Perry Hill School students demonstrate their spelling abilities

Shelton-Spelling-Bee1

Winner Kamil Alkaul, left, spells a word with runner-up Megan Bisson in the background.

How do you spell the best speller at Perry Hill School?

K-A-M-I-L.

On Wednesday night, sixth-grader Kamil Alkaul won the school’s spelling bee by besting 24 other finalists, including runner-up Megan Bisson.

Kamil won by getting the words “duplicate” and “compose” correct. During the final round, both of the last two competitors tripped up a few times but the bee went on because the winner had to spell two successive words correctly after an error by the other student.

Among the words they got right toward the end were “controlling,” “fertilizer,” “supplement” and “vanquish.”

The words at least one of the two finalists got wrong included “apparent,” “miniature” and “versatile.”

Perry Hill is a citywide school that serves the fifth and sixth grades in Shelton. The competition was open to both grades.

 

‘You guys were fantastic’

Kamil’s victory brought a round of applause by the audience for all the participating students.

Shelton-Spelling-Bee2

Skyler Kim, the third-place finisher, contemplates a word spelling during the competition.

“Wow, you guys are fabulous,” Principal Lorraine Williams said while the two finalists were still on stage. “Actually, they all were fantastic.”

A crowd of a few hundred parents, fellow students and educators watched the competition. The students were on a stage, with the announcer and judges below them.

“Congratulations to these two super spellers,” said Carla Sullivan of the Shelton Education Endowment Fund, which organized the event with Perry Hill School.

Williams, during an interview after the spelling bee, said the event was “great. The kids were outstanding spellers. Our whole staff embraced the idea. I’m getting letters from kids asking me if we can have another one in May.”

 

About the winner

Kamil won $100 for being the victor, and his homeroom also will receive $100.

He said purchasing video games would be a priority for the prize money. “I want to spend it on something I like,” he said.

Shelton-Spelling-Bee7

Kamil Alkaul, right, was congratulated by fellow students for winning the bee.

To get ready for the competition, Kamil had worked from a study list of words for about 10 minutes a day.

He admitted he was nervous having to spell out words on stage in front of so many people.

His mother, Ingrid Vit, was proud of her son’s accomplishment. She said she may have been more nervous than Kamil during the competition, especially toward the end.

Vit is originally from Lithuania. She had helped Kamil study but said that her own command of English still is a work in progress.

Kamil’s favorite subjects in school are math and writing. His sister, Sophia Alkaul, also was in the audience to cheer him on.

 

Rules of the bee

During the competition, students could ask for a word to be repeated and for a definition. They had one minute to provide the answer.

In the first part of the bee, when the words were easier, only a few students were eliminated. But when the second part with more challenging words started, more students began to have difficulty. Students also started to ask for definitions much more frequently in the second part.

The students had different styles when giving their answers. Some would quickly spell the word, while others would take longer and carefully pronounce each letter.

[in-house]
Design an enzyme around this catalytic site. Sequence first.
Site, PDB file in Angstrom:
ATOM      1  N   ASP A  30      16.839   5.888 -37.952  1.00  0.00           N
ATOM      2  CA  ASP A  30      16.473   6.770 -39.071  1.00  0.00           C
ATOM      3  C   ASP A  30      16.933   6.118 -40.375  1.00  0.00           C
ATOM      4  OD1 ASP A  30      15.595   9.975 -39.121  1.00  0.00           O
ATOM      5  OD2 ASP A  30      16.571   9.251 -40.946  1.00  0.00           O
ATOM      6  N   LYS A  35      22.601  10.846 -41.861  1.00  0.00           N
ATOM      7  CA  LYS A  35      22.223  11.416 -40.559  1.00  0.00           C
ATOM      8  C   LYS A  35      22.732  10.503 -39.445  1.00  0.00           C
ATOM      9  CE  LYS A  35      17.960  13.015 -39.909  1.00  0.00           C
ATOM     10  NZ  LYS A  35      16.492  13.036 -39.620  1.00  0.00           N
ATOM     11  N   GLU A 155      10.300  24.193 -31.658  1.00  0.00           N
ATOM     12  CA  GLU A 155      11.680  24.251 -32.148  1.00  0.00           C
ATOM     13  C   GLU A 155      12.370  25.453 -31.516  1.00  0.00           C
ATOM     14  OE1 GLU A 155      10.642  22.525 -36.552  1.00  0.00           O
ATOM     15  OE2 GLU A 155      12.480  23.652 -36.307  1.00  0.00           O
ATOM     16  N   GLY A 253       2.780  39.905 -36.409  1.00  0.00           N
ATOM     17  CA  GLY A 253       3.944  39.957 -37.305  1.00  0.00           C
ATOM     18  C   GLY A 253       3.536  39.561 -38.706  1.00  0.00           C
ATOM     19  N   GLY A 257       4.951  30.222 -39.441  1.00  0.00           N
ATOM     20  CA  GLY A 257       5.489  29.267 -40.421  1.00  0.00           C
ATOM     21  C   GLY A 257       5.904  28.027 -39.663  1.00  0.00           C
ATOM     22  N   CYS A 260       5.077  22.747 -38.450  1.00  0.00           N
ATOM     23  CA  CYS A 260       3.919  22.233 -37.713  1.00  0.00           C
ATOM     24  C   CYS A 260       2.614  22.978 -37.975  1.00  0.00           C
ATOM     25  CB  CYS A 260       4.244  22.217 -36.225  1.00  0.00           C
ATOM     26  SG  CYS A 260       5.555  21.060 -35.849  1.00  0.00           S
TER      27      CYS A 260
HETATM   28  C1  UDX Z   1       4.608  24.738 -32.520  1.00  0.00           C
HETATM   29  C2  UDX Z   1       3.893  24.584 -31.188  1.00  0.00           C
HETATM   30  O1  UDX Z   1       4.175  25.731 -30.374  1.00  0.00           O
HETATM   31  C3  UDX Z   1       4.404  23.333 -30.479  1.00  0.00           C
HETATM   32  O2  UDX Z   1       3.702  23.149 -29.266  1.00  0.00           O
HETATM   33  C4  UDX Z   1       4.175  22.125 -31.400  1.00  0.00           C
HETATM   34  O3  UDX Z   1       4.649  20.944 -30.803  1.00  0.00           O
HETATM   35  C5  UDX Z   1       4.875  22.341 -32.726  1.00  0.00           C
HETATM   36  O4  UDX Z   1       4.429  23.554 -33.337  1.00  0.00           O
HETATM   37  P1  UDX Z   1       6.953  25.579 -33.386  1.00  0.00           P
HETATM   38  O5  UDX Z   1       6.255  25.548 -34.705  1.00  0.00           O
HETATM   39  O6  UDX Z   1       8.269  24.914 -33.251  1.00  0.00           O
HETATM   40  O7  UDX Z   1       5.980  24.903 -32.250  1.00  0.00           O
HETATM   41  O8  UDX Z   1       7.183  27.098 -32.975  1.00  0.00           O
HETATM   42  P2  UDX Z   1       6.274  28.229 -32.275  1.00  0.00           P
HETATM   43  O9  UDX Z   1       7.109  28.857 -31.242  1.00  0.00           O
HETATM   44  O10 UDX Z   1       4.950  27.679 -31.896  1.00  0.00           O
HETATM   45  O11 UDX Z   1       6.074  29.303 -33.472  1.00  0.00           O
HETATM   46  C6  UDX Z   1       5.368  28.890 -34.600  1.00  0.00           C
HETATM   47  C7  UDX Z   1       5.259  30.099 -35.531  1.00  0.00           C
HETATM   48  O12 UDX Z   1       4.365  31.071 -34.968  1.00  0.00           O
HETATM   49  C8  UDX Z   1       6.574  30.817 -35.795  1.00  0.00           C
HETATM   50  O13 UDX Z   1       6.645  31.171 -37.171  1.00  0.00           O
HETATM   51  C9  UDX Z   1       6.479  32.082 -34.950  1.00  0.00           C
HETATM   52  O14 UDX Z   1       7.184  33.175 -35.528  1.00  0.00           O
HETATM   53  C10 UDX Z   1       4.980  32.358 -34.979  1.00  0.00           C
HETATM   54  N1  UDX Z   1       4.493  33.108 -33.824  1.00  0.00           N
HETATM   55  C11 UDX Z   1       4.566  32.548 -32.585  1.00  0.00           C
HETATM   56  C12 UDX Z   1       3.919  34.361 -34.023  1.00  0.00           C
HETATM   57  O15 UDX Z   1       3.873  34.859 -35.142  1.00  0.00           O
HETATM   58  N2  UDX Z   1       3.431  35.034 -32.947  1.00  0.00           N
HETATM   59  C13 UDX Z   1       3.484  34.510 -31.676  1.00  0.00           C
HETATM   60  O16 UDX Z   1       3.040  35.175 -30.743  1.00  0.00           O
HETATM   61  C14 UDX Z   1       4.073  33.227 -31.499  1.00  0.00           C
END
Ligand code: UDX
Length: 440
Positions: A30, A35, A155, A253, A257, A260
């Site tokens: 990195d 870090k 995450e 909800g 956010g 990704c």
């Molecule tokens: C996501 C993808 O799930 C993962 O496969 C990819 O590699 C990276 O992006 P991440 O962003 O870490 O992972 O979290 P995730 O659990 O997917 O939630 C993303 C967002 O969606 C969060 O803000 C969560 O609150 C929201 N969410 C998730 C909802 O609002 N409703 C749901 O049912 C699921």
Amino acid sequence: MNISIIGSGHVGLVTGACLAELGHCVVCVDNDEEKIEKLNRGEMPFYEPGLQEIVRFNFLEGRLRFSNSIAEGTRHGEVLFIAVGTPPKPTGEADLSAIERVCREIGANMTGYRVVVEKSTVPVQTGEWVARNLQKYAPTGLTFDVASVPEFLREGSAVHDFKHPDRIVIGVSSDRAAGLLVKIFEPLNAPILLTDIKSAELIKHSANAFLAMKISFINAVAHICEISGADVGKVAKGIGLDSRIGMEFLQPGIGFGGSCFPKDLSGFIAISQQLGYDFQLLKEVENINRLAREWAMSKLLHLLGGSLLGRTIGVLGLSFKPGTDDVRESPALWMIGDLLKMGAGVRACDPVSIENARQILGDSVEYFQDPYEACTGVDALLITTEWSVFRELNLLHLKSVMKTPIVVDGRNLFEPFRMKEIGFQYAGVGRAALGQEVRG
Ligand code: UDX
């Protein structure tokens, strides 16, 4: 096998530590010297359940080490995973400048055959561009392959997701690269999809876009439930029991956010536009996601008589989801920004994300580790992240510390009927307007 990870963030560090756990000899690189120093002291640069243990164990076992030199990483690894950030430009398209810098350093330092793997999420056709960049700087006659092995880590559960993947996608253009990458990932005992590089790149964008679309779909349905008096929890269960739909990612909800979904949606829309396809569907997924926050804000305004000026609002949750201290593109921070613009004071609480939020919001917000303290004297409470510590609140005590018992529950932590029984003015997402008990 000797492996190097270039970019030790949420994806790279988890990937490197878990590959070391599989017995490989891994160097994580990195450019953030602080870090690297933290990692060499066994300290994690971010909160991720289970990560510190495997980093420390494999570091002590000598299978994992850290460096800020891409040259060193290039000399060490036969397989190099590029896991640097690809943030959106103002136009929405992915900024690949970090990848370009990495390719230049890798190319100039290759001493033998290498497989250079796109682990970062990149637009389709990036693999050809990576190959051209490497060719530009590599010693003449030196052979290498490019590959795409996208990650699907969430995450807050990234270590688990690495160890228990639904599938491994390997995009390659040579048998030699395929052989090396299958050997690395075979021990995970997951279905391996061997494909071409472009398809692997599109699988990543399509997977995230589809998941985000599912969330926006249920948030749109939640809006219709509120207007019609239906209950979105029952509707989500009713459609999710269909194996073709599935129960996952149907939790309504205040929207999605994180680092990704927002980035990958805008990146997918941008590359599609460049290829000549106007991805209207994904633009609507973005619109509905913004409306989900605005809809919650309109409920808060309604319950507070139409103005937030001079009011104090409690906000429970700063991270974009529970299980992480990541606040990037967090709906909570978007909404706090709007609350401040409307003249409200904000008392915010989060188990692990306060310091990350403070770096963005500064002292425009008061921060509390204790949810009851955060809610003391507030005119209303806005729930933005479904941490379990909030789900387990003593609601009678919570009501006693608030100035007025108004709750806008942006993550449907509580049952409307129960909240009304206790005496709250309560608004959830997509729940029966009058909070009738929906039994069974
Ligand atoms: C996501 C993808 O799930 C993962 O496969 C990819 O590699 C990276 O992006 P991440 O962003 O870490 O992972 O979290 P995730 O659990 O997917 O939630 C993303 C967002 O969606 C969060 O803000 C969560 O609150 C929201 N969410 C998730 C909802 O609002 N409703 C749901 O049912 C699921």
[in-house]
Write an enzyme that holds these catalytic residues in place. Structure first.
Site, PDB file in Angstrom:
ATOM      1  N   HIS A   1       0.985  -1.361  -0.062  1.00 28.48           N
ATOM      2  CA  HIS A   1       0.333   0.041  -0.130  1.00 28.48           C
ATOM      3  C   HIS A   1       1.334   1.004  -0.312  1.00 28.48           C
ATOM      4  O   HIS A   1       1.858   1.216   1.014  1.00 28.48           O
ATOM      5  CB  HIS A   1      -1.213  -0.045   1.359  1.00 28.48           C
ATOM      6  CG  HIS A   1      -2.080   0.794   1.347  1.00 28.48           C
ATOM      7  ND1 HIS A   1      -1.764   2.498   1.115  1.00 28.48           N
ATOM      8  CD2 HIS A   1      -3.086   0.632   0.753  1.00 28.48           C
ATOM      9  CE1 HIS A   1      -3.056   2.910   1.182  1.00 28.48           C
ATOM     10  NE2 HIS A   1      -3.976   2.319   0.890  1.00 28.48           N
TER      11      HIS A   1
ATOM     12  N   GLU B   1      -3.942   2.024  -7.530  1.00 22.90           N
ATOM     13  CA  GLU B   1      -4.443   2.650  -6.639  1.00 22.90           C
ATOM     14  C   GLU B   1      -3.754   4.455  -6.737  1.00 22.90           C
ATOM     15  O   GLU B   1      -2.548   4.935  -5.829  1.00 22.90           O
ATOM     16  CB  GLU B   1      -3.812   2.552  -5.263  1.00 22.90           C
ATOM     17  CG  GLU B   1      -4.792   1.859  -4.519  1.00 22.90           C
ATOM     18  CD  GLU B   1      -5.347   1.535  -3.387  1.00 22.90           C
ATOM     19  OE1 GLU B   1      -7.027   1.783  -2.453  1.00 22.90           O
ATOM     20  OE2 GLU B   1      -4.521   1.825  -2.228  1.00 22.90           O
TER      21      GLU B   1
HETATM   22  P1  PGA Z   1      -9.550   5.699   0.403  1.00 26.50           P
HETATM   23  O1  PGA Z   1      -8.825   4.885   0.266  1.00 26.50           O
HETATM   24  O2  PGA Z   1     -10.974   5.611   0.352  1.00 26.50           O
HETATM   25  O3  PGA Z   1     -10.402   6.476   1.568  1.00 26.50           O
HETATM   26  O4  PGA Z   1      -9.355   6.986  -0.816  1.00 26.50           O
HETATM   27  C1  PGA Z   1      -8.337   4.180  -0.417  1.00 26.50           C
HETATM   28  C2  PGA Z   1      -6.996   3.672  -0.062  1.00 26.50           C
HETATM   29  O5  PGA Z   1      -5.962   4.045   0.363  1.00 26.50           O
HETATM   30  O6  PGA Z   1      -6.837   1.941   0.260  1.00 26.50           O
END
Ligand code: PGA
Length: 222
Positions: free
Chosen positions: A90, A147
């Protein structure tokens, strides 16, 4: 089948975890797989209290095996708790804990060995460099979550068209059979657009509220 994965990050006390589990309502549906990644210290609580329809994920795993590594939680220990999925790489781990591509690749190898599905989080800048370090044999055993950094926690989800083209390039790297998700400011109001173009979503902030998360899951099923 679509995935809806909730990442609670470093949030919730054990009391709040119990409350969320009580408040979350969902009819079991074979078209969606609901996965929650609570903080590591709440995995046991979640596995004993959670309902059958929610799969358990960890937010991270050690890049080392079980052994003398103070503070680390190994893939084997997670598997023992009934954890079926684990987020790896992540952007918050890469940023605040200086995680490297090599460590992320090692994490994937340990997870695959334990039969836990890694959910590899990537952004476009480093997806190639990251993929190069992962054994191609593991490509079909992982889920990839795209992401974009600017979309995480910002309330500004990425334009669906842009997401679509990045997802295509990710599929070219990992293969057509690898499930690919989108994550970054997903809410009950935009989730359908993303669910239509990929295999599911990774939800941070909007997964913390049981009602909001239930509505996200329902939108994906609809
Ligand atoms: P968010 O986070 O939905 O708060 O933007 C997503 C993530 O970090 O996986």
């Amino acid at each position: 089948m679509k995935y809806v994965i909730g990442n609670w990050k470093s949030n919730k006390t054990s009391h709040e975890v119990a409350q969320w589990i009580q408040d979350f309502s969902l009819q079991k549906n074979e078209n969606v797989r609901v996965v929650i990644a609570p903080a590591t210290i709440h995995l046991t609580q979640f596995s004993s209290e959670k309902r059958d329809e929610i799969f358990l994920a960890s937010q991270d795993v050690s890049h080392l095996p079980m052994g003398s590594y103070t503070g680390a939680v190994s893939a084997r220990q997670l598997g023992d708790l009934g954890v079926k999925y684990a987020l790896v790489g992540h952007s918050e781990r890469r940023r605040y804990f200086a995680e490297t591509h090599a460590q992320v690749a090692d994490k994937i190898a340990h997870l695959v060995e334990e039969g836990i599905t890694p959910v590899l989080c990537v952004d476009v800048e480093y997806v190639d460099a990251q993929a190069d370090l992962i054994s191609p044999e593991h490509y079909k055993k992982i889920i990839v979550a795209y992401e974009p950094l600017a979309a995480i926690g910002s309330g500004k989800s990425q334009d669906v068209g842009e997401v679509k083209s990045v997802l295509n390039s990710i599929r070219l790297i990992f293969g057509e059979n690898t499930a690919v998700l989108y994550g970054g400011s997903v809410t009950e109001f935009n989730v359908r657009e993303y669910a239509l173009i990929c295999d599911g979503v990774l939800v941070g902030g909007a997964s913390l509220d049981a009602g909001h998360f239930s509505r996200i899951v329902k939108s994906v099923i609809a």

Expanding the concept to other schools

School Supt. Freeman Burr said the goal is to expand the spelling bee next year to include all the elementary schools, and possibly Shelton Intermediate School as well.

Shelton-Spelling-Bee6

Megan Bisson was the second place winner.

“I think we’re in for a treat this evening,” he told the crowd before the competition.

Burr thanked the Shelton Endowment Fund for sponsoring the competition and thanked former Principal Sandy Mahony for working to bring back the competition, calling it “her brainchild.”

There had been an annual spelling bee in Shelton for many years but it was discontinued about six years ago.

Williams said this year’s spelling bee at Perry Hill was “a real community effort” that involved students, staff, former staff members, and local business representatives.

The competition began in mid-March when spelling bees were held in each classroom at Perry Hill, followed by another bee a week later to determine the 25 finalists.

 

‘Responsive’ to the idea

Mahony said the event was a success because people were “responsive” to the idea. She said Perry Hill administrators “never hesitated” at the prospect of reviving the spelling bee.

Shelton-Spelling-Bee4

Nicholas Turco, who finished in fifth place, prepares to spell a word while on stage.

Mahony said she doesn’t think she would have done as well as many of the students. “I couldn’t even spell my name if I got up there,” she joked while addressing the audience.

Valerie Knight-DiGangi of the Shelton Education Endowment Fund said the entity was proud to play a role in returning the spelling bee to the Shelton public school system. “It’s an awesome event,” she said.

 

Correct and incorrect spellings

Shelton-Spelling-Bee5

Matthew Cho finished in fourth place.

During the competition, some of the words spelled correctly included “benevolent,” “diligent,” “captivity” “convenient,” “expedition,” “glamor,” “incinerator,” “obedient,” “pyramid” and “treacherous.”

Some of the words spelled incorrectly by students were “colossal,” “emphysema,” “fatigue,” “villain,” “obstacle,” “plummet” “swivel” and “tentative.”

The Perry Hill School spelling bee began with the playing of patriotic songs by student musicians.

 

 

 

By participating in the comments section of this site you are agreeing to our Privacy Policy and User Agreement

© Copyright 2018 Hearst Media Services Connecticut, LLC

Designed by WPSHOWER

Powered by WordPress